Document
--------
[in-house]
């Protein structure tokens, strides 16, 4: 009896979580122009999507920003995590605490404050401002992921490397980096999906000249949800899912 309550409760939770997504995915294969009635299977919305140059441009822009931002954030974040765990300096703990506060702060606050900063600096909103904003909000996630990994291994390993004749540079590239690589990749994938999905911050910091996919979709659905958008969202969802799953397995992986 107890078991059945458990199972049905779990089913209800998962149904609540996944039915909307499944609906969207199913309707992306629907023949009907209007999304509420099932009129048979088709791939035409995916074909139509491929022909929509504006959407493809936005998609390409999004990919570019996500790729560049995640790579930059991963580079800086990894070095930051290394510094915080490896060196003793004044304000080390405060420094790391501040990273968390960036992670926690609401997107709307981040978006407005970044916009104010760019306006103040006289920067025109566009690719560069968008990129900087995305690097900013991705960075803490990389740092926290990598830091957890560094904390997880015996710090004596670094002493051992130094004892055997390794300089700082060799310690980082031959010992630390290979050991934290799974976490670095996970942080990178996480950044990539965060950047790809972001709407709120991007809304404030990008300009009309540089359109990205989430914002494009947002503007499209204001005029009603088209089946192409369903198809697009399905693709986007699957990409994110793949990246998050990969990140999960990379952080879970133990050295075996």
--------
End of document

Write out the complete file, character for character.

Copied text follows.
[in-house]
């Protein structure tokens, strides 16, 4: 009896979580122009999507920003995590605490404050401002992921490397980096999906000249949800899912 309550409760939770997504995915294969009635299977919305140059441009822009931002954030974040765990300096703990506060702060606050900063600096909103904003909000996630990994291994390993004749540079590239690589990749994938999905911050910091996919979709659905958008969202969802799953397995992986 107890078991059945458990199972049905779990089913209800998962149904609540996944039915909307499944609906969207199913309707992306629907023949009907209007999304509420099932009129048979088709791939035409995916074909139509491929022909929509504006959407493809936005998609390409999004990919570019996500790729560049995640790579930059991963580079800086990894070095930051290394510094915080490896060196003793004044304000080390405060420094790391501040990273968390960036992670926690609401997107709307981040978006407005970044916009104010760019306006103040006289920067025109566009690719560069968008990129900087995305690097900013991705960075803490990389740092926290990598830091957890560094904390997880015996710090004596670094002493051992130094004892055997390794300089700082060799310690980082031959010992630390290979050991934290799974976490670095996970942080990178996480950044990539965060950047790809972001709407709120991007809304404030990008300009009309540089359109990205989430914002494009947002503007499209204001005029009603088209089946192409369903198809697009399905693709986007699957990409994110793949990246998050990969990140999960990379952080879970133990050295075996």